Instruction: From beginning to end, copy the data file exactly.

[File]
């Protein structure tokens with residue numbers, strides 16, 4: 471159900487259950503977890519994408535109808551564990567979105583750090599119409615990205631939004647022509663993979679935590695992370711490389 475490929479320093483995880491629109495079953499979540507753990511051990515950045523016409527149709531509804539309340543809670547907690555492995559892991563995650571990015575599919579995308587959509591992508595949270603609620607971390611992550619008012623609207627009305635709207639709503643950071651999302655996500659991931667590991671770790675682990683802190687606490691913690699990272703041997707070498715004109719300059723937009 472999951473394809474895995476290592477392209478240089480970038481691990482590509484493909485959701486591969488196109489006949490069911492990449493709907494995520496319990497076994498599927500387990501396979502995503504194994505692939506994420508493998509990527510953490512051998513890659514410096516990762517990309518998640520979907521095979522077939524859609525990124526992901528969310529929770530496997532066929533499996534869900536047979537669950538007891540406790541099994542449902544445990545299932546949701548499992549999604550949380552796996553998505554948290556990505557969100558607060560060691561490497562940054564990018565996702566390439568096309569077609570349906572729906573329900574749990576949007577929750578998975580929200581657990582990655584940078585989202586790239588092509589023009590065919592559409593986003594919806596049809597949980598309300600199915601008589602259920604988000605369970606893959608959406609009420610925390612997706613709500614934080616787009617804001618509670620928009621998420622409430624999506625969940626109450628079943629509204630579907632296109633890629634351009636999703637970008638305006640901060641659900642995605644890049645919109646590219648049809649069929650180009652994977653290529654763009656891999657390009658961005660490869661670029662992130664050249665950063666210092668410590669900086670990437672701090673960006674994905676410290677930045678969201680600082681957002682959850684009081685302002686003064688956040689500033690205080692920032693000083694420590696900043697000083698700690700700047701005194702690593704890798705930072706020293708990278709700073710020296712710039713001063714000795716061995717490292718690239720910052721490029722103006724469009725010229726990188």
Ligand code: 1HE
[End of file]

């Protein structure tokens with residue numbers, strides 16, 4: 471159900487259950503977890519994408535109808551564990567979105583750090599119409615990205631939004647022509663993979679935590695992370711490389 475490929479320093483995880491629109495079953499979540507753990511051990515950045523016409527149709531509804539309340543809670547907690555492995559892991563995650571990015575599919579995308587959509591992508595949270603609620607971390611992550619008012623609207627009305635709207639709503643950071651999302655996500659991931667590991671770790675682990683802190687606490691913690699990272703041997707070498715004109719300059723937009 472999951473394809474895995476290592477392209478240089480970038481691990482590509484493909485959701486591969488196109489006949490069911492990449493709907494995520496319990497076994498599927500387990501396979502995503504194994505692939506994420508493998509990527510953490512051998513890659514410096516990762517990309518998640520979907521095979522077939524859609525990124526992901528969310529929770530496997532066929533499996534869900536047979537669950538007891540406790541099994542449902544445990545299932546949701548499992549999604550949380552796996553998505554948290556990505557969100558607060560060691561490497562940054564990018565996702566390439568096309569077609570349906572729906573329900574749990576949007577929750578998975580929200581657990582990655584940078585989202586790239588092509589023009590065919592559409593986003594919806596049809597949980598309300600199915601008589602259920604988000605369970606893959608959406609009420610925390612997706613709500614934080616787009617804001618509670620928009621998420622409430624999506625969940626109450628079943629509204630579907632296109633890629634351009636999703637970008638305006640901060641659900642995605644890049645919109646590219648049809649069929650180009652994977653290529654763009656891999657390009658961005660490869661670029662992130664050249665950063666210092668410590669900086670990437672701090673960006674994905676410290677930045678969201680600082681957002682959850684009081685302002686003064688956040689500033690205080692920032693000083694420590696900043697000083698700690700700047701005194702690593704890798705930072706020293708990278709700073710020296712710039713001063714000795716061995717490292718690239720910052721490029722103006724469009725010229726990188």
Ligand code: 1HE